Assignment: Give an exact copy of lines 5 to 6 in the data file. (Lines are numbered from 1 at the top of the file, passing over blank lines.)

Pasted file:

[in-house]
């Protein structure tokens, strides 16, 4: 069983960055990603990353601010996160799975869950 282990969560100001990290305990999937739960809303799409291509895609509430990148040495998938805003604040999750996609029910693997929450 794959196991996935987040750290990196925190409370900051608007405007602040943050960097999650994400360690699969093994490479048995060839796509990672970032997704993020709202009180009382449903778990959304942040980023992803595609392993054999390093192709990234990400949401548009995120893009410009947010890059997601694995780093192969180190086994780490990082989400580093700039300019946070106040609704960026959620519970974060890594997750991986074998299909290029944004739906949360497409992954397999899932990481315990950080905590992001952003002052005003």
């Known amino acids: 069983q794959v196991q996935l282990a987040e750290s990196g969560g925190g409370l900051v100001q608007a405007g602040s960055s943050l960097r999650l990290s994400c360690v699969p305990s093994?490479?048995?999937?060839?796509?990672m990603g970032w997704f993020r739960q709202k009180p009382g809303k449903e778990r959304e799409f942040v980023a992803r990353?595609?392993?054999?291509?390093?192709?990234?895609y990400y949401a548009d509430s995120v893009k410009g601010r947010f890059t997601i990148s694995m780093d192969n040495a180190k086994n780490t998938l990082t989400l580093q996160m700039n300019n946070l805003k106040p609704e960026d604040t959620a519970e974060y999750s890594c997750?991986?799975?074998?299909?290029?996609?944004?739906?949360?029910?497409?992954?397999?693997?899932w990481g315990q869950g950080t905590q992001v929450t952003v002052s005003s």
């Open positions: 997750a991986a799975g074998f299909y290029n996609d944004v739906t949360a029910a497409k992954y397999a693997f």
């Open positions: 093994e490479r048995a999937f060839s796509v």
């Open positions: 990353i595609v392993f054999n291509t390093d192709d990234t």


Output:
């Open positions: 093994e490479r048995a999937f060839s796509v």
């Open positions: 990353i595609v392993f054999n291509t390093d192709d990234t």